Feeds

Crossley cops two-year suspension

Tribunal slaps down ACS:Law pirate-bothering

The Power of One Brief: Top reasons to choose HP BladeSystem

Andrew Crossley of bankrupt practice ACS:Law has received a two-year suspension from the Solicitors’ Regulatory Tribunal over the techniques he used to pursue alleged file-sharers.

The business model followed by the now-defunct firm was to target individuals it accused of file sharing, sending them invoices payable to ACS:Law and threatening lawsuits if they did not pay.

ACS:Law went bankrupt in May 2011, following a data breach that followed an attack on his site and a botched and rushed attempt at restoration, with the personal details of thousands of his targets. Crossley’s business model was criticized by consumer watchdog Which?, along with judges and the Solicitors’ Regulator (which referred the matter to the tribunal).

Of the charges brought before the tribunal – that he allowed his independence to be compromised; that he acted contrary to the best interests of his clients; that he acted in a way “likely to diminish the trust the public places in him or in the legal profession”; that he breached English rules relating to contingency fees; that he had conflicts of interest; that he took unfair advantage of the people to whom he sent letters of claim; and finally, a charge relating to last year’s data breach – only the last of these was contested.

The Tribunal also hit Crossley with costs of more than £76,000.

The Tribunal has taken a dim view of business models based on speculative invoicing. Last year, it fined and suspended two lawyers who pursued a similar strategy working for Davenport Lyons.

A hat-tip to ISP Review, which closely watched the tribunal proceedings. ®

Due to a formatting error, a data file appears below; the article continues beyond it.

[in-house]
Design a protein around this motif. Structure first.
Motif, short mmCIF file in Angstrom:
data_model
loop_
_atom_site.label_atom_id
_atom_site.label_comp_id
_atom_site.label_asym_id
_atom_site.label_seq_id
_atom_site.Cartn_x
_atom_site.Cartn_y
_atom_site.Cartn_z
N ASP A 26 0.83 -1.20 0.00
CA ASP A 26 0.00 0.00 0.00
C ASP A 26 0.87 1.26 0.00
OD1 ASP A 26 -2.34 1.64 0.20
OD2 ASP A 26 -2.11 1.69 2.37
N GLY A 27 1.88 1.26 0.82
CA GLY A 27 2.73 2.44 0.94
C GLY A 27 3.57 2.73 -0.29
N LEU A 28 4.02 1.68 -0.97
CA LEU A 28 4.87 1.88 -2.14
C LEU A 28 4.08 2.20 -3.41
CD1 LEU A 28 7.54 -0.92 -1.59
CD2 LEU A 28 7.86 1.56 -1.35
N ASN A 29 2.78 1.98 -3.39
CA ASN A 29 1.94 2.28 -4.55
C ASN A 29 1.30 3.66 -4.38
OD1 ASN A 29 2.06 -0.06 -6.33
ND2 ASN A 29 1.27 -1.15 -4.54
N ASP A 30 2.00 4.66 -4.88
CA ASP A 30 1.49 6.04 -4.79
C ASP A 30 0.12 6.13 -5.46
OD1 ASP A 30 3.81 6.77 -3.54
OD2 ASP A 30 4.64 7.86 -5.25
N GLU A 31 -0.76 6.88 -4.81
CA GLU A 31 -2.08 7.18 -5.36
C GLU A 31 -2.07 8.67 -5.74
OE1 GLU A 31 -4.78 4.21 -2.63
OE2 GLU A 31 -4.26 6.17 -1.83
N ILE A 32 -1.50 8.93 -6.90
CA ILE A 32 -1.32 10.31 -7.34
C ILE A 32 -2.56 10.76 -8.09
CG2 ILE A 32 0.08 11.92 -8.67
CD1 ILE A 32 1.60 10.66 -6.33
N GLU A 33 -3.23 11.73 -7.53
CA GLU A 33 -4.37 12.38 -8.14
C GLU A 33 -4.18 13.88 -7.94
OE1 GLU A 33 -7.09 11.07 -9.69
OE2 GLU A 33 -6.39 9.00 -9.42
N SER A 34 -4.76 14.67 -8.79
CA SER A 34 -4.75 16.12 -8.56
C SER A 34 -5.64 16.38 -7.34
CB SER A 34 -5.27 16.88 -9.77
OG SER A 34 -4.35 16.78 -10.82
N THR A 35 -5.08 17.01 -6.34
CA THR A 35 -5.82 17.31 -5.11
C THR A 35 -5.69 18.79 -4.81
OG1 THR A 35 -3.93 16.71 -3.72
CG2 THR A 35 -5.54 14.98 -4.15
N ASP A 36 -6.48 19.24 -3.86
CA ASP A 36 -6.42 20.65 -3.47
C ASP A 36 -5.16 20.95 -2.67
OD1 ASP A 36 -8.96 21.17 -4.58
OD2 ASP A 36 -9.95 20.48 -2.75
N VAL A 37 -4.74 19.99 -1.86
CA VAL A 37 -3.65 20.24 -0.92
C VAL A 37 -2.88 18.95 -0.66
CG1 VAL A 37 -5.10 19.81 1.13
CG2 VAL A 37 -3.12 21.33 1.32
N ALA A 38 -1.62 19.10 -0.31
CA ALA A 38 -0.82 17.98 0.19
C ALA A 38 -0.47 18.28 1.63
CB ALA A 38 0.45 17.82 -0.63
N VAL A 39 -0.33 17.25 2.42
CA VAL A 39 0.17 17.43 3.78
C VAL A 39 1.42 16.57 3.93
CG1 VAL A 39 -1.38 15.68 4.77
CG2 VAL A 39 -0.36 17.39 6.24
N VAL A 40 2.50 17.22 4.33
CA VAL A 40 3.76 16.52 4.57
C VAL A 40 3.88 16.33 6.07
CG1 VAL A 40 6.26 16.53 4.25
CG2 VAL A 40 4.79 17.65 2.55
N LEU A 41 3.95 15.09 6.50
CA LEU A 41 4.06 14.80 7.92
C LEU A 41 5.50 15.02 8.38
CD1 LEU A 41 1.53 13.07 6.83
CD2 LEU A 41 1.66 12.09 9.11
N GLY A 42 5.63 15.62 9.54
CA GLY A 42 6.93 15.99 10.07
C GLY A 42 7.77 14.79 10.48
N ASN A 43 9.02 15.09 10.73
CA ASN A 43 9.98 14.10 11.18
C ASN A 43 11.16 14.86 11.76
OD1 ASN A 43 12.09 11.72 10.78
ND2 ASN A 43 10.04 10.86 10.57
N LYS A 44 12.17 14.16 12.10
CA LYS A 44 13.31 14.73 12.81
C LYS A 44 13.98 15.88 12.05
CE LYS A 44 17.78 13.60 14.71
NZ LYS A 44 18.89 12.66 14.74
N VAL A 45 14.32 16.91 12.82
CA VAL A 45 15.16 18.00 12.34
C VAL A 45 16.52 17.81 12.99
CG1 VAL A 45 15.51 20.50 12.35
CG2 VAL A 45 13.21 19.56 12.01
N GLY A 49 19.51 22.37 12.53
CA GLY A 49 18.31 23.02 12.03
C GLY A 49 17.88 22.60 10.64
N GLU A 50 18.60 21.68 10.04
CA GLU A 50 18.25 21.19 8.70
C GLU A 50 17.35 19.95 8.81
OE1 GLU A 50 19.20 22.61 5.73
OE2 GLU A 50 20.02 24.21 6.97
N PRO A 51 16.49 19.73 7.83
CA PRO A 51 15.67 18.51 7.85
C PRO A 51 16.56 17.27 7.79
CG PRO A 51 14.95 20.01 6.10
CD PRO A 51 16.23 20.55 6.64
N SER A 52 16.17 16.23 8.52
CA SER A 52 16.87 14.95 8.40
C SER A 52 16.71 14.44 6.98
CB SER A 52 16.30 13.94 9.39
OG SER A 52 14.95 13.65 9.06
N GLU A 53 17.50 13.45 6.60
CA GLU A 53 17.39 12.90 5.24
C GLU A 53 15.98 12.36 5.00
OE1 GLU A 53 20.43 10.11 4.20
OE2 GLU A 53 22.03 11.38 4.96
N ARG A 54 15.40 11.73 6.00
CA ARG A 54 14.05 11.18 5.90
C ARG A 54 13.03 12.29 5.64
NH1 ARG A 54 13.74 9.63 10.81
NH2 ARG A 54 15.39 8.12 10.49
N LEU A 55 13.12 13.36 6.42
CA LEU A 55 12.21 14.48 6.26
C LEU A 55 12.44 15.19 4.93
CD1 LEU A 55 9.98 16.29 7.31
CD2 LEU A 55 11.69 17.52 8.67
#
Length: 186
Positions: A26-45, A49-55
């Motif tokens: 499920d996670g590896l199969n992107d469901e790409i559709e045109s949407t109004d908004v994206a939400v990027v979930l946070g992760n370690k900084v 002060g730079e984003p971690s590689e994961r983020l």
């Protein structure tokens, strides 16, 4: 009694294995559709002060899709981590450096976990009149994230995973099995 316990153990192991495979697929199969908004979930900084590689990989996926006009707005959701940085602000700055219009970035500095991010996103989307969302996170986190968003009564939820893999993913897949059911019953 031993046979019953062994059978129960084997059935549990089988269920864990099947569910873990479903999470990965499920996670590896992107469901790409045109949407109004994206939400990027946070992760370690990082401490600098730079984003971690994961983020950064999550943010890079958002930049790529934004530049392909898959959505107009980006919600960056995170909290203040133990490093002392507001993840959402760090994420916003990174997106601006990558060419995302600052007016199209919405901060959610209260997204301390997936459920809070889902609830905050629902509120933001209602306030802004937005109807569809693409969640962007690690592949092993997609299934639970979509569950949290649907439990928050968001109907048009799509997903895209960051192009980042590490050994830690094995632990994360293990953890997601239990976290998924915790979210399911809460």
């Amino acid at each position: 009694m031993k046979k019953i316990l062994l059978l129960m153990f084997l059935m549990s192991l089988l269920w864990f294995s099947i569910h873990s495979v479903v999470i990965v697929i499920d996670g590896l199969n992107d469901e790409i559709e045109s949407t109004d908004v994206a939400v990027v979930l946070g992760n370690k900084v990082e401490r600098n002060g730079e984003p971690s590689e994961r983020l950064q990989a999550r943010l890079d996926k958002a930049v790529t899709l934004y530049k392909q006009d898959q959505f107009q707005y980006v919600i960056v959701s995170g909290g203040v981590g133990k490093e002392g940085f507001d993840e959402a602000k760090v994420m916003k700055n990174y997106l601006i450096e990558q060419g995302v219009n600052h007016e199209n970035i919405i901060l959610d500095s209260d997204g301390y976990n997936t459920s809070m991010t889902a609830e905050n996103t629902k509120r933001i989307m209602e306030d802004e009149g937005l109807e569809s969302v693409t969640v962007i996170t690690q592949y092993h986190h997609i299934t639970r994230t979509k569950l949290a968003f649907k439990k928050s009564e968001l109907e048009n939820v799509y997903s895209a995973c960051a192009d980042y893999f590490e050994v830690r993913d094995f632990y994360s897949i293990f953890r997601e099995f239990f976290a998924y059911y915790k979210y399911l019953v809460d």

Designing a Defense for Mobile Applications

More from The Register

next story
Just TWO climate committee MPs contradict IPCC: The two with SCIENCE degrees
'Greenhouse effect is real, but as for the rest of it ...'
Adam Afriyie MP: Smart meters are NOT so smart
Mega-costly gas 'n' 'leccy totting-up tech not worth it - Tory MP
'Blow it up': Plods pop round for chat with Commonwealth Games tweeter
You'd better not be talking about the council's housing plans
Arrr: Freetard-bothering Digital Economy Act tied up, thrown in the hold
Ministry of Fun confirms: Yes, we're busy doing nothing
ONE EMAIL costs mining company $300 MEEELION
Environmental activist walks free after hoax sent share price over a cliff
Help yourself to anyone's photos FOR FREE, suggests UK.gov
Copyright law reforms will keep m'learned friends busy
Apple smacked with privacy sueball over Location Services
Class action launched on behalf of 100 million iPhone owners
UK government officially adopts Open Document Format
Microsoft insurgency fails, earns snarky remark from UK digital services head
prev story

Whitepapers

Implementing global e-invoicing with guaranteed legal certainty
Explaining the role local tax compliance plays in successful supply chain management and e-business and how leading global brands are addressing this.
Consolidation: The Foundation for IT Business Transformation
In this whitepaper learn how effective consolidation of IT and business resources can enable multiple, meaningful business benefits.
Application security programs and practises
Follow a few strategies and your organization can gain the full benefits of open source and the cloud without compromising the security of your applications.
How modern custom applications can spur business growth
Learn how to create, deploy and manage custom applications without consuming or expanding the need for scarce, expensive IT resources.
Securing Web Applications Made Simple and Scalable
Learn how automated security testing can provide a simple and scalable way to protect your web applications.